Rangers-Young union may be nearing end
The marriage between the Texas Rangers and Michael Young is approaching its 10th anniversary, and overall it has been good. Young has become an All-Star with the Rangers, a Gold Glove winner, the franchise's de facto captain. He played in a World Series for the Rangers, caught a first pitch from a former president. If you walk into Texas airport shops, his No. 10 is the Rangers' jersey usually displayed with the most prominence.
He played second base for Texas until Alex Rodriguez was traded and then, at the Rangers' request, shifted to shortstop. In the winter after he won a Gold Glove for his play at shortstop, the Rangers moved him to third base to make room for Elvis Andrus. From the start of spring training in 2009, Young embraced the change, treating Andrus with respect and burying any personal feelings he might've had about the change.
The Rangers uprooted Young again this winter, signing Adrian Beltre, who is regarded as the best defensive third baseman in the game, and Young again publicly spoke about going along with the move, about being willing to play all over the diamond.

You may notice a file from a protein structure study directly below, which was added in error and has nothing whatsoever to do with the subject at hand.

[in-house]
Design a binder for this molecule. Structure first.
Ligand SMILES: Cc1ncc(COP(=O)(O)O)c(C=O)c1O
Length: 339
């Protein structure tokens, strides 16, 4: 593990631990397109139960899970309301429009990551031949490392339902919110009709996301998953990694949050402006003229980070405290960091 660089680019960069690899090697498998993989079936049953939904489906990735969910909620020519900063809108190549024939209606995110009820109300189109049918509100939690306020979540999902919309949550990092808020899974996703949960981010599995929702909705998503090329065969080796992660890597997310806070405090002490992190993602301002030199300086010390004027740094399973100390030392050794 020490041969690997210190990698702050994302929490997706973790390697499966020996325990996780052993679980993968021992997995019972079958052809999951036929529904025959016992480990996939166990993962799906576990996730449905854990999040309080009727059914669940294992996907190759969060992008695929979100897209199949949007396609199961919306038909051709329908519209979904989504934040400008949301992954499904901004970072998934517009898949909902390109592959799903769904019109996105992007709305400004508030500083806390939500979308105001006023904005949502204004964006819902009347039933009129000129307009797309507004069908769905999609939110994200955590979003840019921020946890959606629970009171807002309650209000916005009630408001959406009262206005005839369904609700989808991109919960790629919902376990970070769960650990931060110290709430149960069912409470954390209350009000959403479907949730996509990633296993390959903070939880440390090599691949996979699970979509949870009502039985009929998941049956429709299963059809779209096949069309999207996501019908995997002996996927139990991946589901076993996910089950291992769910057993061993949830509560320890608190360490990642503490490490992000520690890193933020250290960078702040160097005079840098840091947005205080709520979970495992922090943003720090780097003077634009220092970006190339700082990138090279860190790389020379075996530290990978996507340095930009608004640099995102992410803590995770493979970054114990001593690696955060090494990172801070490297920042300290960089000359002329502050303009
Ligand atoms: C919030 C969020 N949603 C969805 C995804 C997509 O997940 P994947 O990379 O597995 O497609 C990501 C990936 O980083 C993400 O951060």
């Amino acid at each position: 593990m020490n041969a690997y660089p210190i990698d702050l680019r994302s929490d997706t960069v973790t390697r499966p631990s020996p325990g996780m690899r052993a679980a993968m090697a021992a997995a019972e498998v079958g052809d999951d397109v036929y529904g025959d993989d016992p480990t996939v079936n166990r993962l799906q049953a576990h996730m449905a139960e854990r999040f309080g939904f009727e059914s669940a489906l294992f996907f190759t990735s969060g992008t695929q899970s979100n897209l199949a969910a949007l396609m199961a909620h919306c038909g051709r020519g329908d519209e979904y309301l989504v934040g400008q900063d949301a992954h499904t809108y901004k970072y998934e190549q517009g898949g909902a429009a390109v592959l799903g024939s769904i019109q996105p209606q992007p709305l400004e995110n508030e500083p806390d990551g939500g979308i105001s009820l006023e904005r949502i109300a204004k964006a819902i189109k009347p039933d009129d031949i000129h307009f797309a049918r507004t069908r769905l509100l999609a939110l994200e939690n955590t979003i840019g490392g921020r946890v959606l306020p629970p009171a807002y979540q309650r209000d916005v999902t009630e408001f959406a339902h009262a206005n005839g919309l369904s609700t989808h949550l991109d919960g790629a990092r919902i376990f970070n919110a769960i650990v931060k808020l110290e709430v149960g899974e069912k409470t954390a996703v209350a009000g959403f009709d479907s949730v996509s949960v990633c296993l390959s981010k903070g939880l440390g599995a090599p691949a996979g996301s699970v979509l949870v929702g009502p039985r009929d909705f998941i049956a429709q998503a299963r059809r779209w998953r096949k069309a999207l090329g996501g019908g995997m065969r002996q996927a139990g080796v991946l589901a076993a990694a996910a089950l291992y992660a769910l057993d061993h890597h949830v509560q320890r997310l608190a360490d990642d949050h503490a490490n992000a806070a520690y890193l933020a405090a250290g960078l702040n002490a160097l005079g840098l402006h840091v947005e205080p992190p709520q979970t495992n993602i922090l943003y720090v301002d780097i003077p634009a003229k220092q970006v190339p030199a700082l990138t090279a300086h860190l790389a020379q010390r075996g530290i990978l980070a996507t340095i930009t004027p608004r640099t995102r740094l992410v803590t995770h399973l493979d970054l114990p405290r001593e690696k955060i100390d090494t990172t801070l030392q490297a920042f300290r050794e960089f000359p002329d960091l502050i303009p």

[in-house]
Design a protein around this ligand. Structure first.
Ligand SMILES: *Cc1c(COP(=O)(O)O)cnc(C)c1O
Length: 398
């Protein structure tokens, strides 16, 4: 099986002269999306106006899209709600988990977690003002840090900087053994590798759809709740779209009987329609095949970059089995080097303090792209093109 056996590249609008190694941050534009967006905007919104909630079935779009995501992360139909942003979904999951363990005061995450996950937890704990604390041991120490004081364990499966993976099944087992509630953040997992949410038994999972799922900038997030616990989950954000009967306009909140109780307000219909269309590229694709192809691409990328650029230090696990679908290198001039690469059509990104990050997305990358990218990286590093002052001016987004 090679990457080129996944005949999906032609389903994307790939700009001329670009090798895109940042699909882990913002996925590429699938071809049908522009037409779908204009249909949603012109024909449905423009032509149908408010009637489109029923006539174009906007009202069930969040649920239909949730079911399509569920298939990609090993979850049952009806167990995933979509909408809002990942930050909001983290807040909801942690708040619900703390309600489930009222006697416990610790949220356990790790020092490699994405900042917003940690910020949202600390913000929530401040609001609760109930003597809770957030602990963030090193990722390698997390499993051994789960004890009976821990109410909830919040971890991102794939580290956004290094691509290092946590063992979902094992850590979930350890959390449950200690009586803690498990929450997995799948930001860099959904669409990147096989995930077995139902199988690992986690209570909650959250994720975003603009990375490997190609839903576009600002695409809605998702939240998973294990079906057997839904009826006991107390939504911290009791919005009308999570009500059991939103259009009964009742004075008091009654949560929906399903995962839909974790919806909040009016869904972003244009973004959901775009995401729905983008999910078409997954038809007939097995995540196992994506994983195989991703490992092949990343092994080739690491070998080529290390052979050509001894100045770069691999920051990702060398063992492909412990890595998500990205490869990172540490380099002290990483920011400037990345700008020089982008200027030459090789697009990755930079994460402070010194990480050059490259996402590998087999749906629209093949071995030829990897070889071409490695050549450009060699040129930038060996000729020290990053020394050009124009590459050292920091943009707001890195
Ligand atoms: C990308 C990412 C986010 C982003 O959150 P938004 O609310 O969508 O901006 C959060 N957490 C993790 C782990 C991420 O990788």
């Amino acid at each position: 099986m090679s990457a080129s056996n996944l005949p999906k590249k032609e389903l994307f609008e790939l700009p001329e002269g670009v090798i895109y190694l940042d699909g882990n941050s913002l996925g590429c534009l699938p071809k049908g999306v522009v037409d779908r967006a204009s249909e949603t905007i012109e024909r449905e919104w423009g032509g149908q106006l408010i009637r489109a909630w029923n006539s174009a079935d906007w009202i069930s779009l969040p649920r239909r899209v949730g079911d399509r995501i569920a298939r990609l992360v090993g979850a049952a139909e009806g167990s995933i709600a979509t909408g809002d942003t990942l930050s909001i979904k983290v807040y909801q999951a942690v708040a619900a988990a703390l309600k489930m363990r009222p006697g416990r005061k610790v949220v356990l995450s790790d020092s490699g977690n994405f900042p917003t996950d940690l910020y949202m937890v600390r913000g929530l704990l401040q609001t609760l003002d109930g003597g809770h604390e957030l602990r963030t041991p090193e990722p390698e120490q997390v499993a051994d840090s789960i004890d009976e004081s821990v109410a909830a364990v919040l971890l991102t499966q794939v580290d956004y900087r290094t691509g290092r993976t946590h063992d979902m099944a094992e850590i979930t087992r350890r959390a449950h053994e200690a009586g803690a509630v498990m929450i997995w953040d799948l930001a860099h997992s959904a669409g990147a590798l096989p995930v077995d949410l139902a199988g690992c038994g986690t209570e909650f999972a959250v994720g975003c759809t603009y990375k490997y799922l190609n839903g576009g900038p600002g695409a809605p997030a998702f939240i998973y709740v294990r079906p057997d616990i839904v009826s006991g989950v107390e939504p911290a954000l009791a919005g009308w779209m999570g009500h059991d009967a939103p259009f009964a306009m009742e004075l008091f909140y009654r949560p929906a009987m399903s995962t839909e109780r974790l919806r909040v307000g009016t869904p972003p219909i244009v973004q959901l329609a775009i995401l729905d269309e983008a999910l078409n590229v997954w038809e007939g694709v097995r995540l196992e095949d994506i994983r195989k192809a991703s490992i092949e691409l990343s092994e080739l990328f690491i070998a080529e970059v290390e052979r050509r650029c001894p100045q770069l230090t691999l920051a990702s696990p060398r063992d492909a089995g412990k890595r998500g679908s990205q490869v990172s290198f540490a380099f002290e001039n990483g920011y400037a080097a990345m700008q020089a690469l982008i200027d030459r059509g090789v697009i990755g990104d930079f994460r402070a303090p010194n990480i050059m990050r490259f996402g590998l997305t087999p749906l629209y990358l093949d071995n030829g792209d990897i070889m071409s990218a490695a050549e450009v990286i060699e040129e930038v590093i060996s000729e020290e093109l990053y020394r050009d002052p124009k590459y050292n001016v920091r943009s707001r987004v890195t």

But something has changed in the relationship between the player and the team. Maybe the situation worsened after the Rangers engaged other teams in trade talks at the winter meetings before signing Beltre, or maybe it was the acquisition of Mike Napoli that pushed this over the edge. Maybe it was all the change that Young has been asked to do, over and over.
No matter the reason, the Rangers are again looking for a way to move Young.
To read why the Rangers may soon part ways with Young, plus Buster Olney's take on the great upside and potential dangers in the Baltimore Orioles' new lineup, you must be an ESPN Insider.
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